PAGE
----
Cliffs at Beachy Head, Sussex, overlooking the English Channel
A sense of relief is here. The campaigning for and against the European Union has ceased (for now) as citizens in the United Kingdom go to vote today on whether this nation should Remain or Leave.
I had a chance on Wednesday to make light of the so-called “Brexit” campaign when I saw my regular postman and asked him whether he was making use of the postal ballot. He will be voting to Leave.
I say for now, because whatever happens today, or rather at around 7am on Friday, there is no doubt the result will not be the end of it.
Politicians, political parties and the country at large will struggle to come to terms with what the referendum – a “generous” concession from European Commission president Jean-Claude Juncker – will actually mean in reality.
I have already written about why I feel that even a Leave vote will be politely ignored, much as Scotland was short-changed on a slew of promises made to keep it in the union, the United Kingdom that is, in 2014.
Poorer people, and those who feel they are not part of the Establishment, will be the ones more inclined to vote Leave in the hope of a better tomorrow. Regions are more likely to vote Leave too.
Juncker might like you to think this is a one-off vote. The EU shakes at prospect of copycat polls
And the general population, if it heard the hardline comments of Juncker on Wednesday, that an Out vote means no further renegotiations, is only likely to be met with Leave sentiment.
Perhaps Juncker was trying to scare voters into the Remain camp, but the sheer thuggery, the lack of diplomacy in his language will make many feel he should have remained premier of a tiny and insignificant land-locked nation such as Luxembourg – itself a destination for brass plate low-tax exile businesses.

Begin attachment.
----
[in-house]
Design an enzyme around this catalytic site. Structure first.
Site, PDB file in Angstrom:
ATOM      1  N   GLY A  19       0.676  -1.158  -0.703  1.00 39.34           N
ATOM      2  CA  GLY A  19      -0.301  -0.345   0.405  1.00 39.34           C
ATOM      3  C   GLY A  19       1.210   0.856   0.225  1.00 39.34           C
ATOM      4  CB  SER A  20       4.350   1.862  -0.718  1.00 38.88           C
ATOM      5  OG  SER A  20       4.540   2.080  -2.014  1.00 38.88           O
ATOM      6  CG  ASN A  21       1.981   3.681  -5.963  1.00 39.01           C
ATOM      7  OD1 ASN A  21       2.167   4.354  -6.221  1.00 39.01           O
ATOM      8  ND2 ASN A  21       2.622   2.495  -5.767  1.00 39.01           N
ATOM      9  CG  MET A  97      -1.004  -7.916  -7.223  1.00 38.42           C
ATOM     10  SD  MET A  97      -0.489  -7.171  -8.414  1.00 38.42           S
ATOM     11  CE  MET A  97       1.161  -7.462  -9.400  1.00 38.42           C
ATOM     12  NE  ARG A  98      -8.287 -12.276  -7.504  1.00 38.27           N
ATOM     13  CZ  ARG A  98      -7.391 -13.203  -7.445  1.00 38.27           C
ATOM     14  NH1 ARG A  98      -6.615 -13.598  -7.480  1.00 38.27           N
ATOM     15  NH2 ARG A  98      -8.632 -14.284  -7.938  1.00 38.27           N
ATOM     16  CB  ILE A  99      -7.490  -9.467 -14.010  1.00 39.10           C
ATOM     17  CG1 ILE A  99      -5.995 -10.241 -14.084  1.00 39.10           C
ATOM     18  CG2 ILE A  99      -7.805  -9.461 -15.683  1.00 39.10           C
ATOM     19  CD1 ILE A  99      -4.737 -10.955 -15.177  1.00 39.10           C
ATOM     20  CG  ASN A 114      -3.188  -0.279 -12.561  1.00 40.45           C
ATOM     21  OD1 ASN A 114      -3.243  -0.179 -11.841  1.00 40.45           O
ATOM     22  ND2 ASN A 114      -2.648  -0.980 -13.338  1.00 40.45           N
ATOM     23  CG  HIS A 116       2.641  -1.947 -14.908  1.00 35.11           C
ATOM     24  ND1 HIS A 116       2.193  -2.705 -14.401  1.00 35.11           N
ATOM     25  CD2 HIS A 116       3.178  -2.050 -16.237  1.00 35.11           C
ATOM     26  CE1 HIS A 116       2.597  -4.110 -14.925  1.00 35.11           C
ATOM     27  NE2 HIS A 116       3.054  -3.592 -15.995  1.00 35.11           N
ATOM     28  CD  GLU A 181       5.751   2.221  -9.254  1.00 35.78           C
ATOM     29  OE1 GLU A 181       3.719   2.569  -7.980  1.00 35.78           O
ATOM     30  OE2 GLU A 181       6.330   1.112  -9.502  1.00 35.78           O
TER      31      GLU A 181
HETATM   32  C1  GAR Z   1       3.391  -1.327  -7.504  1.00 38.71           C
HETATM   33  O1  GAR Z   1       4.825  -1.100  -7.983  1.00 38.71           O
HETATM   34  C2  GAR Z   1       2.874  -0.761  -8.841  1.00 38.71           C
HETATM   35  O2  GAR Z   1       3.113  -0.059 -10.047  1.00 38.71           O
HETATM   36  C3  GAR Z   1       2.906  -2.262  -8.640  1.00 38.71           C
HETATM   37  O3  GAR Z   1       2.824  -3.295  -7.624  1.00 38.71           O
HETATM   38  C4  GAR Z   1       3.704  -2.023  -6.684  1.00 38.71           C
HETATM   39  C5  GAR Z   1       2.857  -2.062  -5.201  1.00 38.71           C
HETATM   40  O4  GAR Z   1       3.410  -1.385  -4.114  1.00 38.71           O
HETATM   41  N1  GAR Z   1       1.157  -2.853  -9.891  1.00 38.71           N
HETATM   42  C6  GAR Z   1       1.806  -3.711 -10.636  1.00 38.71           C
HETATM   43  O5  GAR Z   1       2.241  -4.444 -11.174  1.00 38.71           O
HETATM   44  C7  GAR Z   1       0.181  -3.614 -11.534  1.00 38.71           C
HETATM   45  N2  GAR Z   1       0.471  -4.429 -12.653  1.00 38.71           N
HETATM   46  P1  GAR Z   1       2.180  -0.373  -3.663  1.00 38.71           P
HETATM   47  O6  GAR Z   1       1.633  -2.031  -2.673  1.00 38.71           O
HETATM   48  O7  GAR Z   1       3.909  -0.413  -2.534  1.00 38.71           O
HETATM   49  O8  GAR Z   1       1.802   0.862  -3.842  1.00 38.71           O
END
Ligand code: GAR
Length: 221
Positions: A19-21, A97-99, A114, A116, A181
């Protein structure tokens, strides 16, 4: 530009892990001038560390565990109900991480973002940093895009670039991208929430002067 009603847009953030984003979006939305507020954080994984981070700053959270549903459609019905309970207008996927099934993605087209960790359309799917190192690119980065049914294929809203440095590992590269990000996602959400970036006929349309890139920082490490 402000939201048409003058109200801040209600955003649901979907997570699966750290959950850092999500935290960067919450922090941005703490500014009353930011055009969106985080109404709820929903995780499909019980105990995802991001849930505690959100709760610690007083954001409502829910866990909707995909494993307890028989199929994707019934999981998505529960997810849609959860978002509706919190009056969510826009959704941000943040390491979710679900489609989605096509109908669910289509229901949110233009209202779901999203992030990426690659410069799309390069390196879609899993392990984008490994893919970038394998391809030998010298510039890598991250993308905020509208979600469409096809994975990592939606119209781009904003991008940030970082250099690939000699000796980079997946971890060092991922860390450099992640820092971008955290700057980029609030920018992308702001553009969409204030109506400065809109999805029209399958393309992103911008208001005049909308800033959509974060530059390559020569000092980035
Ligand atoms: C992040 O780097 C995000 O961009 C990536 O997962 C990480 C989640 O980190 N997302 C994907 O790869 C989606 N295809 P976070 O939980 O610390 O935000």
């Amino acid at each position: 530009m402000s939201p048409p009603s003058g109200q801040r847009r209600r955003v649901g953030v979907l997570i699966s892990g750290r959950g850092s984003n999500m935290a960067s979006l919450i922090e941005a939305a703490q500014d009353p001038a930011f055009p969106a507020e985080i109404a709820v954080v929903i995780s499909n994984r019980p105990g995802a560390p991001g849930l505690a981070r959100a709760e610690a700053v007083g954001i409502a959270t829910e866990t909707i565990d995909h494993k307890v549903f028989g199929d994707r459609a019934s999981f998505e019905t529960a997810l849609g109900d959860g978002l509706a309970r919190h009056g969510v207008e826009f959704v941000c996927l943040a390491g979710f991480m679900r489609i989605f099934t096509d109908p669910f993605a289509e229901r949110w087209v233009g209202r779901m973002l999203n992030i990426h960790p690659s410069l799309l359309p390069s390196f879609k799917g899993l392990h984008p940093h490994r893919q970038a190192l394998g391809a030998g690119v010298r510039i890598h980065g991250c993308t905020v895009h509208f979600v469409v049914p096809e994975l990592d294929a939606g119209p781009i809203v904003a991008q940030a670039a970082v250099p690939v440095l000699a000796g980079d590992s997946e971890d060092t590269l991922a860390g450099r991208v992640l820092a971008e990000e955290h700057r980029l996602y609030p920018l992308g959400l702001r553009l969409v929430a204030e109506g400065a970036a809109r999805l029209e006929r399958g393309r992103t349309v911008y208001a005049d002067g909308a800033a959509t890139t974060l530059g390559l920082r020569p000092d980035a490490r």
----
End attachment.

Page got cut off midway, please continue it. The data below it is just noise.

As things currently stand, the Financial Times poll of polls has the two camps neck-and-neck on 44% apiece. On Tuesday it was 45% to the Leave camp. Ironically, the poll of polls reading comes after two opinion polls on Wednesday gave the Leave camp a modest advantage. But that still leaves around 10% undecided, so there is everything to play for.
A few minutes before midnight on Wednesday I took this snapshot reading. It is updated in real time. Earlier in the day it showed Remain 75% to Leave 25%. It now shows Remain on 77% and Leave on 23%.
But before we get carried away with this, it is a bookies league. These are not much more accurate than opinion polls in predictions, although they offer an interesting alternative perspective.
My feeling is that, the sentiment is still neck-and-neck and may favour the status quo on Thursday. So I do expect the Remain camp to win, but nothing like a 75% level of support! That I think reflects more that punters see more value in betting on a Remain than a Leave.
So that’s what I think will happen. And what would I like to happen? Well, given as the Referendum is only a Grand Opinion Poll, a snapshot valid on June 23, I would like people to vote Leave in their droves. That is the only way to silence threatening remarks from the likes of Juncker and to ensure that the EU seriously engages in reform which it badly needs.
I do think that a Leave vote will also mean countries like Poland and The Netherlands could be the next to put it to a vote in their respective jurisdictions. And you can bet your bottom euro that the EU is very keen to scare members states into not even mulling the idea. So much for democracy. But as Juncker freely admitted in Germany’s Frankfurter Allgemeine Zeitung which quoted his remarks, he said he was “basically not a big fan of referendums”.
But the most important thing is not to rubbish the EU, much of whose work has been admirable and beneficial over 59 years. Rather, it is vital to make the monolithic institution wake up to the reality it can no longer go on encroaching on the sovereignty of a coalition of nations and take their membership for granted. Europe will be stronger if and when the eurocrats finally accept this difficult fact.